“Dear, is this the airplane?”
We clinic. We judge. Inevitably we FLY! When tales are spun of missed connections, lost luggage and violent CAT, I shrug. It’s just “the price of doing business.”
I inherited my love for flying from my dad who told stories of riding his bike as a teenager to the old Philadelphia airport to see the Gee Bee racer and of rushing to the street to glimpse the Graf Zeppelin gliding overhead.
He took my mom for her first plane ride on a DC-2 and fulfilled my sixth birthday wish with a flight “all the way” from Philly to Washington, DC. Air travel for kids was rare enough then that I was invited to sit on the copilot’s lap to view Baltimore passing beneath us. The plane was an Eastern Airlines Lockheed super constellation — gigantic then but not much larger than one of today’s regional jets. And back in those days, the planes were rarely full.
Flying can still be exotic to many people. I remember back in the 50s, my grandparents had booked their first flight to Europe. My grandmother in the spirit of preparedness bought a huge bandanna so the wind in the cabin wouldn’t mess up her hair.
Fast forward – I was queued up on a jetway recently behind another first timer waiting to board, and I overheard the frail little granny say to her grown son, “Dear, is this the airplane?”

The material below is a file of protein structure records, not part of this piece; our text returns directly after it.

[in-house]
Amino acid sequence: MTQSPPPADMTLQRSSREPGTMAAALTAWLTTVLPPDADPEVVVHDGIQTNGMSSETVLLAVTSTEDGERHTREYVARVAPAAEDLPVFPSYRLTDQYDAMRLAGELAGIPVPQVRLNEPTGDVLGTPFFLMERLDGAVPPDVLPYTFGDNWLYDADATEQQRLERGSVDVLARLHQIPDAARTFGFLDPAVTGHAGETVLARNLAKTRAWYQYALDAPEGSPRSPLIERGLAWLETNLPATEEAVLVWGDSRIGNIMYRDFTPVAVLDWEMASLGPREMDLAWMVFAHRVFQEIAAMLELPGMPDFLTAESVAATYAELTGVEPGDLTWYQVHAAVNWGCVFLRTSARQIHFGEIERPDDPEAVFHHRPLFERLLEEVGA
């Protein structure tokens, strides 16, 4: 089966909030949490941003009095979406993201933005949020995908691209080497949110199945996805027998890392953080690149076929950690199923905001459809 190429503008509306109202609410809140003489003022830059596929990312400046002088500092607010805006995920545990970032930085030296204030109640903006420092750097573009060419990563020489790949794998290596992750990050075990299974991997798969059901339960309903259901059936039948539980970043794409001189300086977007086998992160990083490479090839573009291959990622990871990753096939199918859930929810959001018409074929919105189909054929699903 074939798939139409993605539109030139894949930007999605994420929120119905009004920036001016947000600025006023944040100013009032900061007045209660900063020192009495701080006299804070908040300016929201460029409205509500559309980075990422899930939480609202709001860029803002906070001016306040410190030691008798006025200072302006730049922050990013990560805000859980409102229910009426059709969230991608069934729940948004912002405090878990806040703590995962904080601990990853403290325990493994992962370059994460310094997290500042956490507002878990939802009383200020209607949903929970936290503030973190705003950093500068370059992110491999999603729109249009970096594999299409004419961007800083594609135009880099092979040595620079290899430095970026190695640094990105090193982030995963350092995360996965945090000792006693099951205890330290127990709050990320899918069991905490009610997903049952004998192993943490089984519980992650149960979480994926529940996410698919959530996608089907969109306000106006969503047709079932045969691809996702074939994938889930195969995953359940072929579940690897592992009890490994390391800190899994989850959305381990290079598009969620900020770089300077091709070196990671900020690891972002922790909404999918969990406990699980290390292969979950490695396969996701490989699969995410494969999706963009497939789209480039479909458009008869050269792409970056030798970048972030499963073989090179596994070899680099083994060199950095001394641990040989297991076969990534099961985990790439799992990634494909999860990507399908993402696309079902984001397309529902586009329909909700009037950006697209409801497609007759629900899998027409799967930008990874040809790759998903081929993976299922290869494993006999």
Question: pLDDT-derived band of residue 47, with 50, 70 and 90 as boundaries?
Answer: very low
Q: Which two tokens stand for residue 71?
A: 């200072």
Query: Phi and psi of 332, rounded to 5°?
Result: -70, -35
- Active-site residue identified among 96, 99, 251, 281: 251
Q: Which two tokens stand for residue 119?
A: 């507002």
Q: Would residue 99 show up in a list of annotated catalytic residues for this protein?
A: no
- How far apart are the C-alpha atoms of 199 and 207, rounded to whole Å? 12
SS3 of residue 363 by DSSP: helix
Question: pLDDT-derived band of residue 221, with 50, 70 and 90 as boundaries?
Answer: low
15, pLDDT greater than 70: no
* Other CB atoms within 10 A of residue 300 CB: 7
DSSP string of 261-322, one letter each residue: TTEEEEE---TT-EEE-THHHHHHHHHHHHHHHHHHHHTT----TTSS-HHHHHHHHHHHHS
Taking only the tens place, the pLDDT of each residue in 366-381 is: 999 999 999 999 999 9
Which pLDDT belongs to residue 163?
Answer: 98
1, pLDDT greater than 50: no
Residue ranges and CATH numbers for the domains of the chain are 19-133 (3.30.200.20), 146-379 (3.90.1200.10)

And also encountered an infrequent flyer from Florida who, upon landing in Pittsburgh, was able to be convinced she had to change her watch having entered the northern time zone where everything was 20 minutes faster than back home.
I never got my pilot’s license, but I’ve hardly ever turned down a ride: a helicopter over the tall ships parade in 1976, another one hovering in front of the Statue of Liberty’s eyes, a ride in an open cockpit 1929 Curtis Travelaire, a commercial jaunt from Boston to Nantucket on the actual DC-3 which had flown more hours (over 80,000) than any other airliner in history, a Lake 200 seaplane blasting over the north central Florida savannah at an altitude of 6 feet, aerobatics in an Extra 300 over the Travolta mansion in Ocala, driving an Eclipse 500 around over Flathead Lake in Montana. For me probably the supreme adventure was landing (by helo) on the USS Kennedy in the Mediterranean.
None of my stories top my Dad’s: The time they paid the cabdriver to sit at the opposite end of an unlit runway so they could take off at night to fly back from Mexico, but even better: Taxiing in a private plane right up beside the 707 at LAX that would bring him back to the East Coast. Times were different then!
One thing doesn’t change, and it always gives me great pleasure and brings back memories–that’s to hear the awestruck voice of a small boy in the window seat beside his father as they leave the ground for the first time, “Dad, we’re flying!”